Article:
2700 Fort Riley Employees Could See Furloughs, 20% Pay Cut

By: Lindsey Rogers Email
By: Lindsey Rogers Email

FORT RILEY, Kan. (WIBW)-- Fort Riley Garrison Public Affairs officials confirm that government service employees on the installation could face 22 furlough days between April 26-Sept 30 of this year which equates to about a 20% cut in pay during that time period.

Due to sequestration, workers could lose two paid days out of every 10 work days over the course of five months.

There are 2,700 civilian employees at Fort Riley that could face furloughs.

"Not all employees are going to be eligible for the furloughs. I think at Fort Riley, the numbers we’ve heard would be around 2,700 employees may be furloughed and that would be $14 million in personal income among those employees that they would not receive so then that has an impact on the various local communities because they would have to reduce their spending," said John Armbrust, Executive Director of the Governor’s Military Council.

Officials say nothing is set in stone at this point but this measure is what is being looked at because of sequestration, the Continuing Resolution Authority and the debt ceiling.

"It’s going to be difficult for those people because they budget based on a certain amount of income. If someone came up and said you’re going to take a twenty percent cut in pay, where’s your twenty percent cut in expenses? People probably don’t have that flexibility so it’s going to be very difficult for everyone and I feel sorry for the people impacted by this," said Retired Colonel John Seitz, Military Affairs Director for the Junction City Area Chamber of Commerce.

"It’ll definitely have an impact on our economy and our sales tax around here. If the Congress and if the House of Representatives are smart, they can move certain items around in this sequestration and get it not quite as painful especially for the DOD employees because right now, they're the only ones getting hit hard by this. There's other ways to cut the budget besides on personnel costs," added Manhattan Mayor Loren Pepperd.

Junction City officials also weighed in on the issue. The city released the following statement to WIBW: "It is difficult to estimate the total economic impact of the sequestration on Junction City. We have immediate concerns about possible reductions and layoffs on Fort Riley and the impact of reduced spending at Junction City businesses. Lower sales tax collections resulting from lower sales within the City would result in an immediate impact on City finances."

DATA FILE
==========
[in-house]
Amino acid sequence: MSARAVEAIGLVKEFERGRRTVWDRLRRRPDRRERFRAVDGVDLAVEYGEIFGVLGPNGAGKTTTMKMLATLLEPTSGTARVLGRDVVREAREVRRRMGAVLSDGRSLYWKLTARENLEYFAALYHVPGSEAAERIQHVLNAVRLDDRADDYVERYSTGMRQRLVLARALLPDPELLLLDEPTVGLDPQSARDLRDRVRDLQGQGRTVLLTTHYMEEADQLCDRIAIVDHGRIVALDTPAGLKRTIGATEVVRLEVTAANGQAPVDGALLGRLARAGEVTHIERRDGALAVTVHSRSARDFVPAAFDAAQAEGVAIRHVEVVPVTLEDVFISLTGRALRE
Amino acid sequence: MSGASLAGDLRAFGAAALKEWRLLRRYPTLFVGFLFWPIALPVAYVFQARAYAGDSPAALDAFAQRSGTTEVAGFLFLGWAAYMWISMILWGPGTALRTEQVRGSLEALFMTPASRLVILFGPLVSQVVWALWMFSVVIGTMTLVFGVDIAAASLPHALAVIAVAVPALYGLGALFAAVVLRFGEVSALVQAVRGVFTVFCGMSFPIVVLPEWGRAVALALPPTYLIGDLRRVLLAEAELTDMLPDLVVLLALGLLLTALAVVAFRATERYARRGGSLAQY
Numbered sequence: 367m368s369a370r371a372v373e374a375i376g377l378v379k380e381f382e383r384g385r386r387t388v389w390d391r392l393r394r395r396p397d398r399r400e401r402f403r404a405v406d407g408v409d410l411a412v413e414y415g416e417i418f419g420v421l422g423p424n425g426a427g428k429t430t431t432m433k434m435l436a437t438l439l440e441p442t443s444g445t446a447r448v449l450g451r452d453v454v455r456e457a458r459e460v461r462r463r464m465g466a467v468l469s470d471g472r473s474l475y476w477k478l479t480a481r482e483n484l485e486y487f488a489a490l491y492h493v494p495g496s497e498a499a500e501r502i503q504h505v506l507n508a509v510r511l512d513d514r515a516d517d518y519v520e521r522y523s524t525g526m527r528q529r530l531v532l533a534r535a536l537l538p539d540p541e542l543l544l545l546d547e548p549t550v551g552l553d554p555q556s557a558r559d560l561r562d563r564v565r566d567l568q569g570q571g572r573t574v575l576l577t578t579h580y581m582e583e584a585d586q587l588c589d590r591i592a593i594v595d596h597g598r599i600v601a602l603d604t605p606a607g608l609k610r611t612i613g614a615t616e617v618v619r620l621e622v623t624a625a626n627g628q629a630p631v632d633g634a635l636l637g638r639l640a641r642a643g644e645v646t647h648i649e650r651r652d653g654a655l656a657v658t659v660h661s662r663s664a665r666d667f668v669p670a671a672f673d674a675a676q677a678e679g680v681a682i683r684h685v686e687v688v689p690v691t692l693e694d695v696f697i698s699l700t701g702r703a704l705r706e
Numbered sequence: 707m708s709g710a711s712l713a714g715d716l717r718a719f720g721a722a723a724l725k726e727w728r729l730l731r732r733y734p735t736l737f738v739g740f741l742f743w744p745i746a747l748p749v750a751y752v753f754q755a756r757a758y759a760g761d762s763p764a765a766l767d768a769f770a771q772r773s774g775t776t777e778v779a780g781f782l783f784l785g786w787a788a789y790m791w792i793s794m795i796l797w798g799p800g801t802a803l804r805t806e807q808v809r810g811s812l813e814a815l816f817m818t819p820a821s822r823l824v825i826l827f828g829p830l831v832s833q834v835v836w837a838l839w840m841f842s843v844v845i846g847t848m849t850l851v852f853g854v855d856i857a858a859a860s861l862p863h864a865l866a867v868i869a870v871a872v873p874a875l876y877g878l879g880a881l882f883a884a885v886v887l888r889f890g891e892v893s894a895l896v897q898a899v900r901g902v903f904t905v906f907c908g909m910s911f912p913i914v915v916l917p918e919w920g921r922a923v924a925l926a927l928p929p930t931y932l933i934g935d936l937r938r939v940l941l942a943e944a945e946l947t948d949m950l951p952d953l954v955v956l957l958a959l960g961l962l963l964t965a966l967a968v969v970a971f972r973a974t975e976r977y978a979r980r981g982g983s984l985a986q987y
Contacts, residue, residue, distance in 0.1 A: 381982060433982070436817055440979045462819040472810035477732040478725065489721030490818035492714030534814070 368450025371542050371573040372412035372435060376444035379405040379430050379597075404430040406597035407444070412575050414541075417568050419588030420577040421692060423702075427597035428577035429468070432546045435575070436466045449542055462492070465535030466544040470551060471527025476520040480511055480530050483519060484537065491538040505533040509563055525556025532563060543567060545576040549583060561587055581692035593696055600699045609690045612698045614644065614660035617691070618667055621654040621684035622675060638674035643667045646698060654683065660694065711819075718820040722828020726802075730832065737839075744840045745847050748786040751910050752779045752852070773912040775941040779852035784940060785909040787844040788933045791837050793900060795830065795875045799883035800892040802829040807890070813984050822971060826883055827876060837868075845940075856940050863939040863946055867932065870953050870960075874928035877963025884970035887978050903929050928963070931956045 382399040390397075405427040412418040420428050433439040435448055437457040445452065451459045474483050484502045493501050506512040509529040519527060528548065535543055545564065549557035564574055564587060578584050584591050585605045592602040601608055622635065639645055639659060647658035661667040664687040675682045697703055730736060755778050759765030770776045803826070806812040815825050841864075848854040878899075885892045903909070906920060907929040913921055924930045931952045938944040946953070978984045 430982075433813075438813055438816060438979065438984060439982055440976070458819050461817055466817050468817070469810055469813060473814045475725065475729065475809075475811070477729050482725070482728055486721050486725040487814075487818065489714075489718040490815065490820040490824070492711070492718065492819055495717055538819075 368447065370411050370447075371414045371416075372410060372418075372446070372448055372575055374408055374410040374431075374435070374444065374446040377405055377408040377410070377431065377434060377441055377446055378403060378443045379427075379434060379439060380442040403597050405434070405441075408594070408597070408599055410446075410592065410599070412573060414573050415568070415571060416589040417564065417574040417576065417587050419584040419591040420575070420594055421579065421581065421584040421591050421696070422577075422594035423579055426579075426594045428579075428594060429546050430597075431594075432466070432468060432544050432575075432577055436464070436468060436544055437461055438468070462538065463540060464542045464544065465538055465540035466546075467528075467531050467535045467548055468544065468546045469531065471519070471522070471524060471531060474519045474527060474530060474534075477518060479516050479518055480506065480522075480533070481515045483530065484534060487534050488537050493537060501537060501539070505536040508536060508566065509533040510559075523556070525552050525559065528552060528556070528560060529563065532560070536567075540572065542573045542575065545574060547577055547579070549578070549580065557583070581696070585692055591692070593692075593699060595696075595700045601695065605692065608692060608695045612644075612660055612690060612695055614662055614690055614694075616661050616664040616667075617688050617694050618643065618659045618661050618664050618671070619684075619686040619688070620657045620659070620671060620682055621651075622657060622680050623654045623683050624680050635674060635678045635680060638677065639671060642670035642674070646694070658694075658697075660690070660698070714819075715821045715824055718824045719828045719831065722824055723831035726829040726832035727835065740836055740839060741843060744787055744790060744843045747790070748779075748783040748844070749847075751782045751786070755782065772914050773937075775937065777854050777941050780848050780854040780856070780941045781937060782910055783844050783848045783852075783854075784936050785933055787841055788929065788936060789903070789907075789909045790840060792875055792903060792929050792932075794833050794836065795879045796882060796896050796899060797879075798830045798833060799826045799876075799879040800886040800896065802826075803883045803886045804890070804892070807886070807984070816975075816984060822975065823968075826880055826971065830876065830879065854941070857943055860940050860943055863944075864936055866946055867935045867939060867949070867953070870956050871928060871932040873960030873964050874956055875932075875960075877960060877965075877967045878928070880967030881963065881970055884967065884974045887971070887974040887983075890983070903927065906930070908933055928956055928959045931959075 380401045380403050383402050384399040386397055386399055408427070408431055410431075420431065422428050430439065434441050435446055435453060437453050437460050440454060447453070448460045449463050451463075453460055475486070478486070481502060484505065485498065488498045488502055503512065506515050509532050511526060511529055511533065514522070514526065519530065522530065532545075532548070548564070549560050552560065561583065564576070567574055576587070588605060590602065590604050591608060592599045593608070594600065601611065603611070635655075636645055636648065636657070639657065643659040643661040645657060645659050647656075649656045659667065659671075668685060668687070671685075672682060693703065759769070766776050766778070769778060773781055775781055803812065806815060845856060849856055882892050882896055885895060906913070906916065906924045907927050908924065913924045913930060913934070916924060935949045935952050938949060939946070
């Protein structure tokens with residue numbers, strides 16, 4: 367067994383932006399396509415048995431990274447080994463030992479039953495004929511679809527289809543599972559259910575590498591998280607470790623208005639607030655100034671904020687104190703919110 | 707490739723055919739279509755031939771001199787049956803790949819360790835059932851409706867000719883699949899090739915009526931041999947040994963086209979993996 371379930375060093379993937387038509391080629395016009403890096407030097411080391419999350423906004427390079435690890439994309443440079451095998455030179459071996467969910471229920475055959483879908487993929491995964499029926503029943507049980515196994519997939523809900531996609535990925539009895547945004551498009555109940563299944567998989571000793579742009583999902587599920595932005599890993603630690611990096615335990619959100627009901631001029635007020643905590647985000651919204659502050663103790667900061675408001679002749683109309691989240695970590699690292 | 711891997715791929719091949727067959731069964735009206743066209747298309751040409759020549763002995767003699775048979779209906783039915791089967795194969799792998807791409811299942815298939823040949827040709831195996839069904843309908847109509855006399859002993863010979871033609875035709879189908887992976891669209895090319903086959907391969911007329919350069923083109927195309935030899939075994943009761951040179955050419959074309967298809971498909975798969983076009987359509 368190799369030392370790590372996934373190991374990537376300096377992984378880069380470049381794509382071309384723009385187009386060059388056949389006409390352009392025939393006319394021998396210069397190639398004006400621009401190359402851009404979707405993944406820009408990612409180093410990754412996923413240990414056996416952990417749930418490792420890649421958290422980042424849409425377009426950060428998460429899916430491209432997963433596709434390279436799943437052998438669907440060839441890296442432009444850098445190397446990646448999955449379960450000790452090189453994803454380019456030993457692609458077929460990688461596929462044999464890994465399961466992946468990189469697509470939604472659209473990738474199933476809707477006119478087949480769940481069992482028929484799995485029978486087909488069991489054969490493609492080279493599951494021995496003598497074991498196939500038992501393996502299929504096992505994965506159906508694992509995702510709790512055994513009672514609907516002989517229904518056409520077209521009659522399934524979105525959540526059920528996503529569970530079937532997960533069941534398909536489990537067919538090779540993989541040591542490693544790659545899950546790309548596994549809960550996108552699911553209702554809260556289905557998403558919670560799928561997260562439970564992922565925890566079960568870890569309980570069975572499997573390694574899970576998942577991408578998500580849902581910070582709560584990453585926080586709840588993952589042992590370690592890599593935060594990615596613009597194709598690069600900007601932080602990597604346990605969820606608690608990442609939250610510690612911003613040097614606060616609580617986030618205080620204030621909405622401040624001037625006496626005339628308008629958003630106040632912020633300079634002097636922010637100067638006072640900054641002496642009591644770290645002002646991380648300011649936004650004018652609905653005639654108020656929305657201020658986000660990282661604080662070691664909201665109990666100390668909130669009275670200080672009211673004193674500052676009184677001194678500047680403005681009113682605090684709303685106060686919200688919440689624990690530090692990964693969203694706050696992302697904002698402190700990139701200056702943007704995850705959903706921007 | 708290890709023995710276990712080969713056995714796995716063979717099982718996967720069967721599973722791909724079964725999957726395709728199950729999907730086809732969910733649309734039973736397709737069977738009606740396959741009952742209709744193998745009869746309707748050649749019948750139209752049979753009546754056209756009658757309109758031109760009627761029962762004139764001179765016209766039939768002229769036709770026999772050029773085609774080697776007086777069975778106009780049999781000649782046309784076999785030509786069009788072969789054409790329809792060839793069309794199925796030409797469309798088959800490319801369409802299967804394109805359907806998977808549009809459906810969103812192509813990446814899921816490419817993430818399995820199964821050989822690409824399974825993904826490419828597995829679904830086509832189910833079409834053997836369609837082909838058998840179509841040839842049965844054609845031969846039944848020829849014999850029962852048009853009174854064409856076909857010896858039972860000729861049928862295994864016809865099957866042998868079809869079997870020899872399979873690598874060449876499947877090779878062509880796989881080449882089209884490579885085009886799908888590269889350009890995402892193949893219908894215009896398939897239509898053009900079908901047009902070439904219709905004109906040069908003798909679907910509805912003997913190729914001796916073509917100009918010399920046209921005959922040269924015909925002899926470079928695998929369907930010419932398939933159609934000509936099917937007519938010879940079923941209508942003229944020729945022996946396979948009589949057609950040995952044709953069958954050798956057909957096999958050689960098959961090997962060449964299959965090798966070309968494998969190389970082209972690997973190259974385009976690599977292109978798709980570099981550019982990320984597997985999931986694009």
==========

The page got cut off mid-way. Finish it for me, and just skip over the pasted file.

A round table discussion is being scheduled for Friday at the 1st Infantry Division's Headquarters with the senior leadership at Fort Riley and members of the media. During the meeting, the officials are expected to address the fiscal situation and sequestration.

Besides possible furloughs, other impacts to the civilian workforce could include: a limited civilian hiring freeze and reduction of support contracts. Temporary and term employees have been or will released as well.

Fort Riley officials say as a result of fiscal challenges, there will be less discretionary funding but the readiness of soldiers and support of military families will not be compromised.

Fort Riley is planning for a continuation of services during the possible furlough periods, officials said.

"I think the impact on services and readiness is going to be fixed so that we try to minimize the impact, certainly on readiness for our soldiers who might have to deploy and also on the support that is given to families in the area of medical and childcare and things of that nature that everyone depends on. Those things are going to be protected as much as they possibly can. The readiness of the units that will have to be deployed and the care and support for families will be maintained. The Army takes care of its own," Seitz told WIBW.

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